Benchmarking small variant detection with ONT reveals high performance in challenging regions

The development of long read sequencing (LRS) has led to greater access to the human genome. LRS produces long read lengths at the cost of high error rates and has shown to be more useful in calling structural variants than short read sequencing (SRS) data.

In this paper we evaluate how to use LRS data from Oxford Nanopore Technologies (ONT) to call small variants in regions in- and outside the reach of SRS.

Calling single nucleotide polymorphisms (SNPs) with ONT data has comparable accuracy to Illumina when evaluating against the Genome in a Bottle truth set v4.2. In the major histocompatibility complex (MHC) and regions where mapping short reads is difficult, the F-measure of ONT calls exceeds those of short reads by 2-4% when sequence coverage is 20X or greater.

We develop recommendations for how to perform small variant calling with LRS data and improve current approaches to the difficult regions by re-genotyping variants to increase the F-measure from 97.24% to 98.78%.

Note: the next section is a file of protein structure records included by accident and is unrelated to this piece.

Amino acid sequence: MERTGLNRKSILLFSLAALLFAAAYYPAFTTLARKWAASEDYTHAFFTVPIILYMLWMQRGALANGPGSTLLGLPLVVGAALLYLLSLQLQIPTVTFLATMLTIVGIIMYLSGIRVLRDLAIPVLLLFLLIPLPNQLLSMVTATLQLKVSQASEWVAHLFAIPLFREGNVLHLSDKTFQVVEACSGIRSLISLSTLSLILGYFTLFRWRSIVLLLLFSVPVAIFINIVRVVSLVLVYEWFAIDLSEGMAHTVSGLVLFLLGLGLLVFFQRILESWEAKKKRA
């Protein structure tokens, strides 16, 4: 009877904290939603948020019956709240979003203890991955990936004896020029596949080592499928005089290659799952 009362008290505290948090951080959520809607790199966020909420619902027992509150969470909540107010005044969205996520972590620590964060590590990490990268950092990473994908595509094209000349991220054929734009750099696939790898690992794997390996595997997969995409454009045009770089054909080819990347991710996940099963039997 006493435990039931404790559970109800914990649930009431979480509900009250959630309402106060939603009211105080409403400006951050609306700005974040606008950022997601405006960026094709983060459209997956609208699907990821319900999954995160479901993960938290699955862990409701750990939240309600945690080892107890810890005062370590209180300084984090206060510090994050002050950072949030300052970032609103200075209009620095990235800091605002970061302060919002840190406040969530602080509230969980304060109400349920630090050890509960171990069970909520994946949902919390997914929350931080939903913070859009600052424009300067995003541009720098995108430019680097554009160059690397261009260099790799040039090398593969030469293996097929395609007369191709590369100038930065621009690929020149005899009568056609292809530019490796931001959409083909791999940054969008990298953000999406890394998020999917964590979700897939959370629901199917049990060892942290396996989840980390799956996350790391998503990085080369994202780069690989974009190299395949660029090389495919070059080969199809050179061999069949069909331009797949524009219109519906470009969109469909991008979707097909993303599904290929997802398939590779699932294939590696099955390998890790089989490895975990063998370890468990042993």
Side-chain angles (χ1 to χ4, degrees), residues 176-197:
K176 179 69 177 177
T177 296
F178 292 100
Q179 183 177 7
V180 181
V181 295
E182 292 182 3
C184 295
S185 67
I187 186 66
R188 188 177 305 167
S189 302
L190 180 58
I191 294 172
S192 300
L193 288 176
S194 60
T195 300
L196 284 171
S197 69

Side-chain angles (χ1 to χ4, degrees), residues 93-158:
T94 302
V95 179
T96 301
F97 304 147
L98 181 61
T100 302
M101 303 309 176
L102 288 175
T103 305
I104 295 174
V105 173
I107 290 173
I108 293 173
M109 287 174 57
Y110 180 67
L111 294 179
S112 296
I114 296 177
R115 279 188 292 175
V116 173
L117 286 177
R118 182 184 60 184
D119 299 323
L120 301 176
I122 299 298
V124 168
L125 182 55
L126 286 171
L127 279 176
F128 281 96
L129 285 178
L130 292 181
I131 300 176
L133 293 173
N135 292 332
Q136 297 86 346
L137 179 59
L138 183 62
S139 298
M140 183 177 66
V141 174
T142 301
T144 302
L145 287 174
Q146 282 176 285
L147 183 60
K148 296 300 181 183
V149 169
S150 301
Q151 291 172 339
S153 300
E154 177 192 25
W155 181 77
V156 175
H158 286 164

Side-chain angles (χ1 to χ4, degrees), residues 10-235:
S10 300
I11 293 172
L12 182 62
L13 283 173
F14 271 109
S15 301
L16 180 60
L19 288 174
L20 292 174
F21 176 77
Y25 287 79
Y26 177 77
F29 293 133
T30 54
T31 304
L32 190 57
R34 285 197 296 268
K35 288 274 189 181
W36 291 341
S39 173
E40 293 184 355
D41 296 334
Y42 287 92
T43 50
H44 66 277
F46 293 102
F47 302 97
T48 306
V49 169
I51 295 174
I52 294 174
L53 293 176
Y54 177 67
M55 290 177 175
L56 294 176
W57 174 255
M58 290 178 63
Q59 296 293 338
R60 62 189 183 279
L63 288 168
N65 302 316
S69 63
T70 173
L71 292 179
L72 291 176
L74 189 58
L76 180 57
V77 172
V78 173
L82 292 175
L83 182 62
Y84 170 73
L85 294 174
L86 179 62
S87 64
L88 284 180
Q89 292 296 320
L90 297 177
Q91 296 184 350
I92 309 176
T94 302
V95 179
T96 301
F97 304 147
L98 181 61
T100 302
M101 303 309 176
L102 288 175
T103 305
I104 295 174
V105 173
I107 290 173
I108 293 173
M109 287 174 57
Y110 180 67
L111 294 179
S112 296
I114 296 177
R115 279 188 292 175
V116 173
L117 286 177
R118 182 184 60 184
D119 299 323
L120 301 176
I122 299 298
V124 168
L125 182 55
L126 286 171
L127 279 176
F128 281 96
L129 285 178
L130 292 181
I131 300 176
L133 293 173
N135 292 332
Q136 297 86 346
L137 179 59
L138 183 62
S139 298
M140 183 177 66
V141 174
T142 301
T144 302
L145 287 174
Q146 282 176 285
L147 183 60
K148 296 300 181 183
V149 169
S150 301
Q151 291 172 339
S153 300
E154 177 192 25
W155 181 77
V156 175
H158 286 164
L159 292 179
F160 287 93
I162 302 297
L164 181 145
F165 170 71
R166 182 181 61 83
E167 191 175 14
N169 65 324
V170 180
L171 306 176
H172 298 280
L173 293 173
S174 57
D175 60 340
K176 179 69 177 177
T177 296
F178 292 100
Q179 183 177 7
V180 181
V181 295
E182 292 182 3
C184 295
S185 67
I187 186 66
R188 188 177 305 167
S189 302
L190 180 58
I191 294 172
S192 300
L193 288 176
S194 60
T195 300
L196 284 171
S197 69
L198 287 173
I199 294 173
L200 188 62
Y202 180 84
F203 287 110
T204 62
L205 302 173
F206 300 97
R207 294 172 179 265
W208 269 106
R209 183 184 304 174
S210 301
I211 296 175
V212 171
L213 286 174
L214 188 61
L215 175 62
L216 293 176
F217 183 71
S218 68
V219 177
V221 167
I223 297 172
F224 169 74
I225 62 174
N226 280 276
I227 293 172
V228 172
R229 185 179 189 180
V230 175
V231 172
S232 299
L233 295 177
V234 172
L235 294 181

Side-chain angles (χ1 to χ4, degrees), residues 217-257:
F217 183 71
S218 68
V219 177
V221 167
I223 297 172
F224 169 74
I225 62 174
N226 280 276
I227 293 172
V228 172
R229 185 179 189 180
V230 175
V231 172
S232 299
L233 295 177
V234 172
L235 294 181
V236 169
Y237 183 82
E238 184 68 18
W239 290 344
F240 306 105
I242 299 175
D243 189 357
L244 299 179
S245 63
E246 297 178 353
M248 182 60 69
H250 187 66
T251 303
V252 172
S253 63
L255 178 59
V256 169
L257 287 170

Furthermore, we show how LRS can call variants in genomic regions inaccessible to SRS, including medically relevant genes such as STRC and CFC1B.

Although small variant calling in LRS data is still immature, current methods are clearly useful in difficult and inaccessible regions of the genome, enabling variant calling in medically relevant genes not accessible to SRS.

Authors: Peter L. Møller, Guillaume Holley, Doruk Beyter, Mette Nyegaard, Bjarni V. Halldórsson